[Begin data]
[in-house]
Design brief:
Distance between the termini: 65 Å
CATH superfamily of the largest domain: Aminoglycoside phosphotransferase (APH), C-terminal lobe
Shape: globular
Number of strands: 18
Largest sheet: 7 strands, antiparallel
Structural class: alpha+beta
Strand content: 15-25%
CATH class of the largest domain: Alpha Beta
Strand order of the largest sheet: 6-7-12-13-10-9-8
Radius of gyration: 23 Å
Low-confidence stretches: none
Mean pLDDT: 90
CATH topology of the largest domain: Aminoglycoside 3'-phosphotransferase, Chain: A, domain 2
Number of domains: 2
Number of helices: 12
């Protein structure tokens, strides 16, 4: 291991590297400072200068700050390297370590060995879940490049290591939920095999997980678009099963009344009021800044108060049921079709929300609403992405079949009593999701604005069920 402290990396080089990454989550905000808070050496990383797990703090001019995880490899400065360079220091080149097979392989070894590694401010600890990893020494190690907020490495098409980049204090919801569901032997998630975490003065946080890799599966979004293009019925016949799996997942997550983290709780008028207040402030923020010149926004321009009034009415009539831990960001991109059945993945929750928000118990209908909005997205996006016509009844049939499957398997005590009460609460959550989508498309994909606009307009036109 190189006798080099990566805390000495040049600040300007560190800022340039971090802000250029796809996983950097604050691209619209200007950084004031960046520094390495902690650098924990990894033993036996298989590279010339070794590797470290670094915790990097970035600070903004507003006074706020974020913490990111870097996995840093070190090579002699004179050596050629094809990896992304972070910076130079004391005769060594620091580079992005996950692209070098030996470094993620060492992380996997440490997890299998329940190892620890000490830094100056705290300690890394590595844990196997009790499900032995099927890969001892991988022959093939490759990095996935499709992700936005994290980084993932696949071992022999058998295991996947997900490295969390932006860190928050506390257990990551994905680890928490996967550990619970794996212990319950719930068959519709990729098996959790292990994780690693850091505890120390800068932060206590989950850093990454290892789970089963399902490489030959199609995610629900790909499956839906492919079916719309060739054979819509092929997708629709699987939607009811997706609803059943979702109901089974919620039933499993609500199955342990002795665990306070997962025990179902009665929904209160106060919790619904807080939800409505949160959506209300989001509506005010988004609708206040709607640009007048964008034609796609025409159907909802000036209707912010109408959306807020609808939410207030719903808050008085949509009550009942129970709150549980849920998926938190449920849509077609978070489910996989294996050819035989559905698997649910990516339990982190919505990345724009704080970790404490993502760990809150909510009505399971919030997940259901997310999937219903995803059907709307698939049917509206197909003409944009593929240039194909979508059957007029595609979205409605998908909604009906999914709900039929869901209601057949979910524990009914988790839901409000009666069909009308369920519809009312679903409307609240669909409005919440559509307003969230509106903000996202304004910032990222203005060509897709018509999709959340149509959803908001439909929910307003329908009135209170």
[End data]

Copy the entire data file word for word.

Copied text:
[in-house]
Design brief:
Distance between the termini: 65 Å
CATH superfamily of the largest domain: Aminoglycoside phosphotransferase (APH), C-terminal lobe
Shape: globular
Number of strands: 18
Largest sheet: 7 strands, antiparallel
Structural class: alpha+beta
Strand content: 15-25%
CATH class of the largest domain: Alpha Beta
Strand order of the largest sheet: 6-7-12-13-10-9-8
Radius of gyration: 23 Å
Low-confidence stretches: none
Mean pLDDT: 90
CATH topology of the largest domain: Aminoglycoside 3'-phosphotransferase, Chain: A, domain 2
Number of domains: 2
Number of helices: 12
């Protein structure tokens, strides 16, 4: 291991590297400072200068700050390297370590060995879940490049290591939920095999997980678009099963009344009021800044108060049921079709929300609403992405079949009593999701604005069920 402290990396080089990454989550905000808070050496990383797990703090001019995880490899400065360079220091080149097979392989070894590694401010600890990893020494190690907020490495098409980049204090919801569901032997998630975490003065946080890799599966979004293009019925016949799996997942997550983290709780008028207040402030923020010149926004321009009034009415009539831990960001991109059945993945929750928000118990209908909005997205996006016509009844049939499957398997005590009460609460959550989508498309994909606009307009036109 190189006798080099990566805390000495040049600040300007560190800022340039971090802000250029796809996983950097604050691209619209200007950084004031960046520094390495902690650098924990990894033993036996298989590279010339070794590797470290670094915790990097970035600070903004507003006074706020974020913490990111870097996995840093070190090579002699004179050596050629094809990896992304972070910076130079004391005769060594620091580079992005996950692209070098030996470094993620060492992380996997440490997890299998329940190892620890000490830094100056705290300690890394590595844990196997009790499900032995099927890969001892991988022959093939490759990095996935499709992700936005994290980084993932696949071992022999058998295991996947997900490295969390932006860190928050506390257990990551994905680890928490996967550990619970794996212990319950719930068959519709990729098996959790292990994780690693850091505890120390800068932060206590989950850093990454290892789970089963399902490489030959199609995610629900790909499956839906492919079916719309060739054979819509092929997708629709699987939607009811997706609803059943979702109901089974919620039933499993609500199955342990002795665990306070997962025990179902009665929904209160106060919790619904807080939800409505949160959506209300989001509506005010988004609708206040709607640009007048964008034609796609025409159907909802000036209707912010109408959306807020609808939410207030719903808050008085949509009550009942129970709150549980849920998926938190449920849509077609978070489910996989294996050819035989559905698997649910990516339990982190919505990345724009704080970790404490993502760990809150909510009505399971919030997940259901997310999937219903995803059907709307698939049917509206197909003409944009593929240039194909979508059957007029595609979205409605998908909604009906999914709900039929869901209601057949979910524990009914988790839901409000009666069909009308369920519809009312679903409307609240669909409005919440559509307003969230509106903000996202304004910032990222203005060509897709018509999709959340149509959803908001439909929910307003329908009135209170």